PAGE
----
More troops in Afghanistan?

Two things of note on Afghanistan recently:
1) Michael O’Hanlon has an op-ed in the Wall Street Journal arguing for a signifigant escalation in the US presence there.
2) CIA Director Hayden made a recent statement that Bin Laden is isolated_and_worried about his personal security. 

Yesterday, a segment of Al-Jazeera’s  “What’s Behind the News” focused ostensibly on Hayden’s comments, but more on Afghanistan in general.  One of the guests was the influential journalist Abdel Bari Atwan, editor of Al-Quds Al-Arabi newspaper and author of a book on Al-Qaeda.   Atwan dismissed Hayden’s statements asking “how would he know that?  If they actually knew this wouldn’t they have caught him so far?”   Atwan, like most if not all Arab intellectuals, has been arguing for months that the Afghanistan campaign is doomed and therefore escalation and sending more troops should be the absolute last thing the US should do.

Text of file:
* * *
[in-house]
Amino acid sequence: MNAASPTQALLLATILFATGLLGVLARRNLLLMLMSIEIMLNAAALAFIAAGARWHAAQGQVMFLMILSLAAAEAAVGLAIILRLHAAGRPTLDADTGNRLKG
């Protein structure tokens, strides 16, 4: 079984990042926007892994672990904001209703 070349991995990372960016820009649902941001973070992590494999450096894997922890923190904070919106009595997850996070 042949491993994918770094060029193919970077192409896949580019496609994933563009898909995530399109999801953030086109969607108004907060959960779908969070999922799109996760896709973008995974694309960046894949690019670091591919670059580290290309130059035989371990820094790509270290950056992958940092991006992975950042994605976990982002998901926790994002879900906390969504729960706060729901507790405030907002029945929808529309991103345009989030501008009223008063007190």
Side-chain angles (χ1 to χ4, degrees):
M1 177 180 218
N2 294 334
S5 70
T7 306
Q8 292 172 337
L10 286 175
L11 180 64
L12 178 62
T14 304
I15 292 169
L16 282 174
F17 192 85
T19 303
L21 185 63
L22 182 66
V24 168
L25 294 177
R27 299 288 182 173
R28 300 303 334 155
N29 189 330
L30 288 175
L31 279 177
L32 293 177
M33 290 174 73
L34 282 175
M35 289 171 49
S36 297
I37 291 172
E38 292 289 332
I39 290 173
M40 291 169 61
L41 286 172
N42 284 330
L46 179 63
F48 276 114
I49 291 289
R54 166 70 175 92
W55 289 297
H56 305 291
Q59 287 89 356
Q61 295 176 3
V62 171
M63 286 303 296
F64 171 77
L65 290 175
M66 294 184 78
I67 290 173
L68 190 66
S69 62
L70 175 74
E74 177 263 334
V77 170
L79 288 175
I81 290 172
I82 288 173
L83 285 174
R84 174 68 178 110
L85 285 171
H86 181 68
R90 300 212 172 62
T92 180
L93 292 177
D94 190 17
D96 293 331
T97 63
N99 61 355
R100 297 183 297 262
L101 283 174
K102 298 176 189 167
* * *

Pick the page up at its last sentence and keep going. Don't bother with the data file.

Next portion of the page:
And there are many Americans saying the same thing.  Today, Robert Dreyfuss responds  to O’Hanlon op-ed, heavily criticizing him for giving Obama “bad advice.”

Sayyid Imam will speak

aka Dr Fadl’s book is finished and  will be exclusively printed in Egypt’s Al-Masri Al-Youm newspaper starting this week. 

According to Al-Masri Al-Youm, he will reveal new secrets about Jihad operations in Pakistan, Europe and Arab countries, but this seems more of an attempt (by the paper) to generate readership interest.  I’m more interested in his theological development: to what extent is he going to move further towards the Islamic center?  When he spoke last, his ideas were pretty rigid.  He was against the use of violence mostly because it would only lead to fowda or fitna, not because it was particularly wrong and at no point did he say that the government isn’t infidel. Its a question of whats the best way to deal with the situation (in his mind).  Has he gone beyond this simplistic cost-benefit analysis equation? 

The Islamic Group (Al-Gama’a AL-Islamiyya) is  substantially further along in their revisions process, and is on the verge of making the jump to the Islamic centralism espoused by Qaradawi and the Brotherhood, although they still have some ways to go.   Read Khali Anani’s excellent article on why they are not quite there yet.   As of last December, when he last spoke, Sayyid Imam was a long way behind the Islamic Group but we will soon find out to what extent he has closed the gap.